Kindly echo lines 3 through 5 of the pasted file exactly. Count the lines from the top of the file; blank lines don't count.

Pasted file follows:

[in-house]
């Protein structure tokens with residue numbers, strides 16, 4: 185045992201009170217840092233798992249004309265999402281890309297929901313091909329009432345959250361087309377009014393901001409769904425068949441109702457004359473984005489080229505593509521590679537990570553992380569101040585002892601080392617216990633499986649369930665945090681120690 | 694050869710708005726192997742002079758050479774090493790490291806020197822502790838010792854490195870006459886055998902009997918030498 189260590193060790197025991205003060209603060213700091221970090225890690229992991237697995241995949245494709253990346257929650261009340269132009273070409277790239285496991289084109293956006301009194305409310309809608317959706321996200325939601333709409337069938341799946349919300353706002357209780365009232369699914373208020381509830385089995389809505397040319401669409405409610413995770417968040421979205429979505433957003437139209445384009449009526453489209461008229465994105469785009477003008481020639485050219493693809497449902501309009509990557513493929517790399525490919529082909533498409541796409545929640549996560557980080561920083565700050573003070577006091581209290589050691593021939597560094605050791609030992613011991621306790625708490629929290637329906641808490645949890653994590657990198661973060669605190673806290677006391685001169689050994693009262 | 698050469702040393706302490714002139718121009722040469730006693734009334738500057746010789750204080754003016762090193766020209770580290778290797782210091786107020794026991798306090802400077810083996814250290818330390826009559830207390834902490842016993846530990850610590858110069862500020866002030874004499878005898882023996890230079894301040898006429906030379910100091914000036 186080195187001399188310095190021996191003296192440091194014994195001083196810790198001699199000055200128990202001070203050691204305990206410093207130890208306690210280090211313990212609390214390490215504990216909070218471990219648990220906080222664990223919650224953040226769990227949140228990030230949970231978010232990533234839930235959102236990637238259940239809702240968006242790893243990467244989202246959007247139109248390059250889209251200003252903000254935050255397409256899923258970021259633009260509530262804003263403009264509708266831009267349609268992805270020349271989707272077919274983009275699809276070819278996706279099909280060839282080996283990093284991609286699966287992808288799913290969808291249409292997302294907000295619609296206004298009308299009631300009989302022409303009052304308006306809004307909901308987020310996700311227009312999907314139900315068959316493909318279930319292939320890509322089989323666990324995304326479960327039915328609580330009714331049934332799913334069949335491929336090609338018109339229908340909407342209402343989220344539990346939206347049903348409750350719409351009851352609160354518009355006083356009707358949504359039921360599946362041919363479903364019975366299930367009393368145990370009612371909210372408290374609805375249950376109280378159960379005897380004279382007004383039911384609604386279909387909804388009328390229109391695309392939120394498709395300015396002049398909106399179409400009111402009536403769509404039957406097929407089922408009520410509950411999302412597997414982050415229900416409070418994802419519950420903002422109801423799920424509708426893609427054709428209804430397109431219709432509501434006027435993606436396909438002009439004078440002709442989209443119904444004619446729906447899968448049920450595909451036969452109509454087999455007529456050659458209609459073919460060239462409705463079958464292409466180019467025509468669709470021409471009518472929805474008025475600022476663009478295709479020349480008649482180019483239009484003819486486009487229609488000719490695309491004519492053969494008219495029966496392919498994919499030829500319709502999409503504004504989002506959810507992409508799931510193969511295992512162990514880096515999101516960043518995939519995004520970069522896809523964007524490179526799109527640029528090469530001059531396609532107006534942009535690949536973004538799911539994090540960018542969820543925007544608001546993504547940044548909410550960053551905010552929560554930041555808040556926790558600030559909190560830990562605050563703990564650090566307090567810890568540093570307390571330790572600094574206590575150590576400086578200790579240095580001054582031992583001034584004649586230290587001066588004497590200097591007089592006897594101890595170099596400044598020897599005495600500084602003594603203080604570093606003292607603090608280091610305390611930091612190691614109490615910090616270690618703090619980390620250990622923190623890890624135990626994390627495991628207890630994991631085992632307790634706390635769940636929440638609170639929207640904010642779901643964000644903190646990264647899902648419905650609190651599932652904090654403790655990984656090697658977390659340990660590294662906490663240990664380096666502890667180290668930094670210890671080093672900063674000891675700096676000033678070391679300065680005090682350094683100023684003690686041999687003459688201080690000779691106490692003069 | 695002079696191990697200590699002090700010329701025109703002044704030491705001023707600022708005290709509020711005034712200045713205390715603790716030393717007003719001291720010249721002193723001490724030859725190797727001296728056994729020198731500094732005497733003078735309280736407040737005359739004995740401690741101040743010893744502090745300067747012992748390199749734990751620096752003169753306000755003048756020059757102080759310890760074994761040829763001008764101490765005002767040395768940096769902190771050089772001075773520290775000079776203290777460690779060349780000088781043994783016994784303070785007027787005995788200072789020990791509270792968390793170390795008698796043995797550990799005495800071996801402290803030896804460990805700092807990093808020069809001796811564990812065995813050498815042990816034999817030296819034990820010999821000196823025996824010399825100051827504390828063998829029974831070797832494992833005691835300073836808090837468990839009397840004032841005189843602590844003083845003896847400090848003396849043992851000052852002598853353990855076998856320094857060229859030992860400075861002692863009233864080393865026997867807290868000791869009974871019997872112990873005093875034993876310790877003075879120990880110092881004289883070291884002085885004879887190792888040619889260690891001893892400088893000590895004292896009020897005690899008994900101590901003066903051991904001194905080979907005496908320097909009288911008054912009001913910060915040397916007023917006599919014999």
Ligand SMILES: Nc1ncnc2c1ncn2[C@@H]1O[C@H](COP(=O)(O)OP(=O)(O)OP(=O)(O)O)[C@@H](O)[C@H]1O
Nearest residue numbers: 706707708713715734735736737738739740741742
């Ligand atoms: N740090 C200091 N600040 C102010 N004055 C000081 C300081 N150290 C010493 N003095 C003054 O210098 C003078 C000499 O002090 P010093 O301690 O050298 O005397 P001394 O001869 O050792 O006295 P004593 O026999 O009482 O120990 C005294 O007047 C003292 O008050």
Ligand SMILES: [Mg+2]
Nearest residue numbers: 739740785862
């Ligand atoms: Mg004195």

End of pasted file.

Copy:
Ligand SMILES: Nc1ncnc2c1ncn2[C@@H]1O[C@H](COP(=O)(O)OP(=O)(O)OP(=O)(O)O)[C@@H](O)[C@H]1O
Nearest residue numbers: 706707708713715734735736737738739740741742
């Ligand atoms: N740090 C200091 N600040 C102010 N004055 C000081 C300081 N150290 C010493 N003095 C003054 O210098 C003078 C000499 O002090 P010093 O301690 O050298 O005397 P001394 O001869 O050792 O006295 P004593 O026999 O009482 O120990 C005294 O007047 C003292 O008050």